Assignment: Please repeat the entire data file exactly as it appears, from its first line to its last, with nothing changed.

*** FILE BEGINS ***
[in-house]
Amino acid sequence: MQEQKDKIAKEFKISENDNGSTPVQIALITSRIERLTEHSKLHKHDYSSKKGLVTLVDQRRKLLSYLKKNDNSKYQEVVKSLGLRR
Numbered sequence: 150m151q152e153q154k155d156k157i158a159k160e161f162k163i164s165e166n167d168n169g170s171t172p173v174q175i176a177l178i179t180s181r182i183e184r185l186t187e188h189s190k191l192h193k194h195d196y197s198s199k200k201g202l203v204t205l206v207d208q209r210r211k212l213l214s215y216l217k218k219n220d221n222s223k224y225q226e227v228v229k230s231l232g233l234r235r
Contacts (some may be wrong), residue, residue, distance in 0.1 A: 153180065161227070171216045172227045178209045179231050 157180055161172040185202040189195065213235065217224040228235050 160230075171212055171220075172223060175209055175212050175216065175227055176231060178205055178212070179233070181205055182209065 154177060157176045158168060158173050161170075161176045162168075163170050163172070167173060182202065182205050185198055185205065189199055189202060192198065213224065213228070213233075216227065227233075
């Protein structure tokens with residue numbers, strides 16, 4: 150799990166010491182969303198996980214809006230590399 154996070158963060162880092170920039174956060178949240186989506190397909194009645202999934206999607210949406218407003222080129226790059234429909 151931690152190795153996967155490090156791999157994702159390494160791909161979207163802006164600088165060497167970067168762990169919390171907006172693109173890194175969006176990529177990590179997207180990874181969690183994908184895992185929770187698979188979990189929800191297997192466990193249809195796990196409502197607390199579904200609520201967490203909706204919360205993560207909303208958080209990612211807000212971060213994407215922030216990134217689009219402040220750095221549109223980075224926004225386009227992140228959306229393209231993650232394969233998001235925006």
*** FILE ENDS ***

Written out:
[in-house]
Amino acid sequence: MQEQKDKIAKEFKISENDNGSTPVQIALITSRIERLTEHSKLHKHDYSSKKGLVTLVDQRRKLLSYLKKNDNSKYQEVVKSLGLRR
Numbered sequence: 150m151q152e153q154k155d156k157i158a159k160e161f162k163i164s165e166n167d168n169g170s171t172p173v174q175i176a177l178i179t180s181r182i183e184r185l186t187e188h189s190k191l192h193k194h195d196y197s198s199k200k201g202l203v204t205l206v207d208q209r210r211k212l213l214s215y216l217k218k219n220d221n222s223k224y225q226e227v228v229k230s231l232g233l234r235r
Contacts (some may be wrong), residue, residue, distance in 0.1 A: 153180065161227070171216045172227045178209045179231050 157180055161172040185202040189195065213235065217224040228235050 160230075171212055171220075172223060175209055175212050175216065175227055176231060178205055178212070179233070181205055182209065 154177060157176045158168060158173050161170075161176045162168075163170050163172070167173060182202065182205050185198055185205065189199055189202060192198065213224065213228070213233075216227065227233075
């Protein structure tokens with residue numbers, strides 16, 4: 150799990166010491182969303198996980214809006230590399 154996070158963060162880092170920039174956060178949240186989506190397909194009645202999934206999607210949406218407003222080129226790059234429909 151931690152190795153996967155490090156791999157994702159390494160791909161979207163802006164600088165060497167970067168762990169919390171907006172693109173890194175969006176990529177990590179997207180990874181969690183994908184895992185929770187698979188979990189929800191297997192466990193249809195796990196409502197607390199579904200609520201967490203909706204919360205993560207909303208958080209990612211807000212971060213994407215922030216990134217689009219402040220750095221549109223980075224926004225386009227992140228959306229393209231993650232394969233998001235925006």